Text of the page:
Hunger in Anorexia

Hunger in Anorexia Recovery


 

Hunger is a fascinating and crucial topic in Anorexia recovery. Navigating hunger can be difficult when hunger signals are either nonexistent, sporadic, or unrelenting.

At times of under-nutrition, most people with restrictive eating disorders such as Anorexia experience a vast reduction in hunger cues — this is a very normal result of the body moving into starvation mode. When we start to eat in recovery, hunger signals can be all over the place! In this podcast, Tabitha Farrar gives some insight into hunger based on her own experience and also those of the people with whom she was worked.

 


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About Tabitha Farrar

I work as Head of Marketing for a software startup in Boulder. As a recovered Anorexia sufferer, I advocate for proper understanding of eating disorders in my spare time. On that note, I wrote a book about my own journey into eating again called Love Fat.


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7 thoughts on “Hunger in Anorexia Recovery

  • Lucy

    Hi Tabitha a great post! What happens if you are not underweight though? I am recovering from anorexia i am nearly at weight restoration and i am still starving! What do i do? X

  • Sharon Palmer

    Hi Tabitha,
    I have recently found your blog after a link from EDANZ here in New Zealand. Our daughter (now 19) was diagnosed at 15 with AN, and is still trying for recovery. I have found many aspects of your blog to be extremely helpful, and they have provoked tears more than once.

    I am wondering if you could do a blog on stomach pain and digestive issues as this is something our daughter often seems to have and it seems from comments that various guests of yours have made that this is not uncommon?

    Loving your work,

    Sharon

      • Sharon Palmer

        Thanks so much – I’m really looking forward to it.

        My daughter has listened to some of your podcasts too, and mentioned that the concept of the warm cosy room with a fire is how she feels at the moment. We live in hope that one day she will have the determination you show regards getting well.

        One other thing – the podcast on loneliness is not letting me listen – is there an issue with it or is it just me?!

  • Jane

    Hi Tabitha, I haven’t posted on here before but I have read some of your stuff. Just an overview, I’m 15 and I suffered with Anorexia for about a year and a half. When I began my recovery, my dietitian set me a meal plan of about 2100 calories a day, and I stuck with this for a few months. My weight had come up to about 110 pounds (I’m 5’7) which she (dietitian) said was a good weight for me, and dropped my food intake just a little. As I said, I kept this up for a few months doing about an hour of exercise a day and eating healthy food. However about a month or so ago I started binging like crazy, I mean like 12000 calories a day crazy. I read your posts on extreme hunger and weight distribution and all that stuff, but I’m worried about my behaviours over the last month as I was already at a healthy weight and my family has a history of binge eating most of them are very obese (except my aunt had bulimia, actually). My weight has shot up about 25 pounds and I’m almost 135 pounds now. Is this too high for a teenage girl of my height? Will the binging stop? or will I end up obese like my family? I’m just so scared, I don’t know how to stop. And the uneven weight worries me too, I have reasonably skinny arms and legs but a large stomach. But from what I’ve read this is normal after having Anorexia. Can you give me some advice/answers if you have any?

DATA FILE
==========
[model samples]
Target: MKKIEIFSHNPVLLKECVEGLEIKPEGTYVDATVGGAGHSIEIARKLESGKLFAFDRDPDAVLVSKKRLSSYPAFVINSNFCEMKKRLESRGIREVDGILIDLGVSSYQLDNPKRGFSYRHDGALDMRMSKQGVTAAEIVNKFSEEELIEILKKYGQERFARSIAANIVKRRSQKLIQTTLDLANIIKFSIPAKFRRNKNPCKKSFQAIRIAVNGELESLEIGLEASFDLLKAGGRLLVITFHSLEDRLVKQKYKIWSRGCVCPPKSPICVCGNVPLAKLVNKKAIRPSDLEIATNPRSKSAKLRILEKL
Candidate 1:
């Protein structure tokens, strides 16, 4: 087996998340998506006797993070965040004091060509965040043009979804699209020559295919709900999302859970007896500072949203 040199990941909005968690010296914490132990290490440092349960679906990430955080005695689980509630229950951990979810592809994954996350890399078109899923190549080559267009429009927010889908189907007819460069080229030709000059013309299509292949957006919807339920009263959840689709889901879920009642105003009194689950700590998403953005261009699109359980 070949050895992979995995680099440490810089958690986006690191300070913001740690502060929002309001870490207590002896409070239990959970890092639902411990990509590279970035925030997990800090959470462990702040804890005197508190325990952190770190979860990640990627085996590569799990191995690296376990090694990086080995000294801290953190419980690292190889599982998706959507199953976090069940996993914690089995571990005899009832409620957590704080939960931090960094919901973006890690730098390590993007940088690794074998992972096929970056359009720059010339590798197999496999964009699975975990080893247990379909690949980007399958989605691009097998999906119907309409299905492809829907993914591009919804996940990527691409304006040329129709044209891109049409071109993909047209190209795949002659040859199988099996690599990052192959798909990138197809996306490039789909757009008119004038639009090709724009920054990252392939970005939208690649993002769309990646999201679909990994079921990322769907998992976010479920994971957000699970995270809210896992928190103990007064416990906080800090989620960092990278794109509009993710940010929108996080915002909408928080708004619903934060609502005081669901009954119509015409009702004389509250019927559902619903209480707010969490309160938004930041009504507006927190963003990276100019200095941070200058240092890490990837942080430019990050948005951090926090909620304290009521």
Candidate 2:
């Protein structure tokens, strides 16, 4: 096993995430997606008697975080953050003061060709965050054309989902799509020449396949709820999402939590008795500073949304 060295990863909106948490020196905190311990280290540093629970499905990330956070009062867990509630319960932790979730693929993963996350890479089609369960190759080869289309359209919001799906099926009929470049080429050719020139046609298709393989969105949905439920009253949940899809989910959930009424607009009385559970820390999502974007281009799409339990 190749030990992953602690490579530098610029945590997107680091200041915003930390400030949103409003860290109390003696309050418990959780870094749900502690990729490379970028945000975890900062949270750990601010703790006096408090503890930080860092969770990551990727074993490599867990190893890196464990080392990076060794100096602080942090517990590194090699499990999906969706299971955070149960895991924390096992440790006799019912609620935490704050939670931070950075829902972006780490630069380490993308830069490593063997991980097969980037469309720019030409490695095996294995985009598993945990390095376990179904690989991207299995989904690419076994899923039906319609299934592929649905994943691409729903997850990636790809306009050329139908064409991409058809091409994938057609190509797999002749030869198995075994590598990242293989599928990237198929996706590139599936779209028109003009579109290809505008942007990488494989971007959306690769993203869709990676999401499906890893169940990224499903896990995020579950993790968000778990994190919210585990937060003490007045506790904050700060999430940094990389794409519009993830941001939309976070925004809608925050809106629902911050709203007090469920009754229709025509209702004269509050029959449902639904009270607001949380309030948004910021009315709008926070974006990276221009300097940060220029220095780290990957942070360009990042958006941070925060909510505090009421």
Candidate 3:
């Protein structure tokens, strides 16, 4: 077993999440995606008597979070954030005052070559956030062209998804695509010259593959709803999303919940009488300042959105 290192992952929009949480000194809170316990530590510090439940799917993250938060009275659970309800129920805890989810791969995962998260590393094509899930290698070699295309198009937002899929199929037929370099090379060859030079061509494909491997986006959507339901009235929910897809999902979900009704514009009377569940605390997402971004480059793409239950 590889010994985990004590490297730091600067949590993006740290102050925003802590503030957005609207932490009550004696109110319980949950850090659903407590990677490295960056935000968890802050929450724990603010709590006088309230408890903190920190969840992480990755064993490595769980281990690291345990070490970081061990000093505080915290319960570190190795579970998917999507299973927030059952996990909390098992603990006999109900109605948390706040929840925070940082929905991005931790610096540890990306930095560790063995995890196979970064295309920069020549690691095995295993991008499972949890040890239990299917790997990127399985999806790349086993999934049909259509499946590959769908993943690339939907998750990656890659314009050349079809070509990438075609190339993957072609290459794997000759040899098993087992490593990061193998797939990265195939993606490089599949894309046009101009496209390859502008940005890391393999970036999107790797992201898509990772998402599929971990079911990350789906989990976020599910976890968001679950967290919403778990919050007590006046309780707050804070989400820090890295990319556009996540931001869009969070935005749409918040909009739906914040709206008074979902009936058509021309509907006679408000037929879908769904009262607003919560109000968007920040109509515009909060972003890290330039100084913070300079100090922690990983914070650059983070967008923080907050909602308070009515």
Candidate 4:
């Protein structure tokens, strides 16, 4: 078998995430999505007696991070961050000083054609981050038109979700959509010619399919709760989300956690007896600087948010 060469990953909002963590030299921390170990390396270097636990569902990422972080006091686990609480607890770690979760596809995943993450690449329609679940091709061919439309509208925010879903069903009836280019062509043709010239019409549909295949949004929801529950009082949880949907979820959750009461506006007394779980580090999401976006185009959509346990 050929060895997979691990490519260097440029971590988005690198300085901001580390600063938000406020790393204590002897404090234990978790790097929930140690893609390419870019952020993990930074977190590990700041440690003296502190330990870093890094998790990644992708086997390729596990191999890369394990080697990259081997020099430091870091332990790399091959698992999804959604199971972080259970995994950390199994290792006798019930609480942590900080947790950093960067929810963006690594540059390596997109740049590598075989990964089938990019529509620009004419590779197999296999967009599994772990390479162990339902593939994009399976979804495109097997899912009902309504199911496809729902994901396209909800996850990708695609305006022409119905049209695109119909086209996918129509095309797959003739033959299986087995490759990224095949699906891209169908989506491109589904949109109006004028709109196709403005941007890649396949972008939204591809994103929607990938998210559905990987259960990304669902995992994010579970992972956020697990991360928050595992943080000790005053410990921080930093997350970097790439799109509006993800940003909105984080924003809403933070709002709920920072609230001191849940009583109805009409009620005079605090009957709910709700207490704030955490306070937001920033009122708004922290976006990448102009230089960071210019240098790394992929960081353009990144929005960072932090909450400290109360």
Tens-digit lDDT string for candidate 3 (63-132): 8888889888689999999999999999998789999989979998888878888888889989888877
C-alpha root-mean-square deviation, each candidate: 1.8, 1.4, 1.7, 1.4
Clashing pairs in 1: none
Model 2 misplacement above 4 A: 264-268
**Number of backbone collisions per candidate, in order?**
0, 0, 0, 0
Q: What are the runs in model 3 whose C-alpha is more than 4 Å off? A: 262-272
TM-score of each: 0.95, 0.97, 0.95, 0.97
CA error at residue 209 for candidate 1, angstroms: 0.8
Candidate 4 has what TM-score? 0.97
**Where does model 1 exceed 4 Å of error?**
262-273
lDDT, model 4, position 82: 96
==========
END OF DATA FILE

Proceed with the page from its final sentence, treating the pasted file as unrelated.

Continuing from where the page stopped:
BTW you’re an amazing person and I’m glad that there is strong, caring people like you out there.
    Thanks 🙂

    • Tabitha Farrar Post author

      Hi Jane

      First off, I would find a dietitian who is very experienced with eating disorders. Anyone you put you on 2100 cals and then told you to reduce at that low weight is not an ED dietician. Second, worrying about the future and what ifs will not serve you. Focus on now. Your weight is NOT too high at all. I would really recommend you go see someone who knows what they are doing in terms of helping you though this latter stage of recovery. You may have put on some weight, but you are not there yet! Hang in there, you are on the right path.